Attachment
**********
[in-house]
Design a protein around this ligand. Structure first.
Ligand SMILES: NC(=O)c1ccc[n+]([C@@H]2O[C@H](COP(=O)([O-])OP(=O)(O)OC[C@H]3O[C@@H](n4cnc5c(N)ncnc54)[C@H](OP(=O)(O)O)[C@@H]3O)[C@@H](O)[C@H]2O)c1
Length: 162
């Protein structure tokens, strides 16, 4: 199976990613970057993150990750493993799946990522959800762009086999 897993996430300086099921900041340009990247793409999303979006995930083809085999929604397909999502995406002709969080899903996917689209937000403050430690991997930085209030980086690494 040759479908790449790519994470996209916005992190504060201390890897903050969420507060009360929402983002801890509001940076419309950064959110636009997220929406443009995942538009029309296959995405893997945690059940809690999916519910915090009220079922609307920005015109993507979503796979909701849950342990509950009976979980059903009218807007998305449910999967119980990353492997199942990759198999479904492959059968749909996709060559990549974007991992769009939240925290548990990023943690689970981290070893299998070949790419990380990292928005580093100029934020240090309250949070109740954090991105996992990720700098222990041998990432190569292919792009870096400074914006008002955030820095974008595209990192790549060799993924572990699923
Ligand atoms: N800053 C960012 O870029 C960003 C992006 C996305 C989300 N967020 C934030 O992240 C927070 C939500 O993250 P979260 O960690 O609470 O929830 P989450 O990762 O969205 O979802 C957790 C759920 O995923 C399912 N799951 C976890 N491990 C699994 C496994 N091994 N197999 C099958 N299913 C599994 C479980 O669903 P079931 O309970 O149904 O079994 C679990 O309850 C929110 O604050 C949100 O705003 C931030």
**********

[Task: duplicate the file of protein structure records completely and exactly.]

[in-house]
Design a protein around this ligand. Structure first.
Ligand SMILES: NC(=O)c1ccc[n+]([C@@H]2O[C@H](COP(=O)([O-])OP(=O)(O)OC[C@H]3O[C@@H](n4cnc5c(N)ncnc54)[C@H](OP(=O)(O)O)[C@@H]3O)[C@@H](O)[C@H]2O)c1
Length: 162
């Protein structure tokens, strides 16, 4: 199976990613970057993150990750493993799946990522959800762009086999 897993996430300086099921900041340009990247793409999303979006995930083809085999929604397909999502995406002709969080899903996917689209937000403050430690991997930085209030980086690494 040759479908790449790519994470996209916005992190504060201390890897903050969420507060009360929402983002801890509001940076419309950064959110636009997220929406443009995942538009029309296959995405893997945690059940809690999916519910915090009220079922609307920005015109993507979503796979909701849950342990509950009976979980059903009218807007998305449910999967119980990353492997199942990759198999479904492959059968749909996709060559990549974007991992769009939240925290548990990023943690689970981290070893299998070949790419990380990292928005580093100029934020240090309250949070109740954090991105996992990720700098222990041998990432190569292919792009870096400074914006008002955030820095974008595209990192790549060799993924572990699923
Ligand atoms: N800053 C960012 O870029 C960003 C992006 C996305 C989300 N967020 C934030 O992240 C927070 C939500 O993250 P979260 O960690 O609470 O929830 P989450 O990762 O969205 O979802 C957790 C759920 O995923 C399912 N799951 C976890 N491990 C699994 C496994 N091994 N197999 C099958 N299913 C599994 C479980 O669903 P079931 O309970 O149904 O079994 C679990 O309850 C929110 O604050 C949100 O705003 C931030």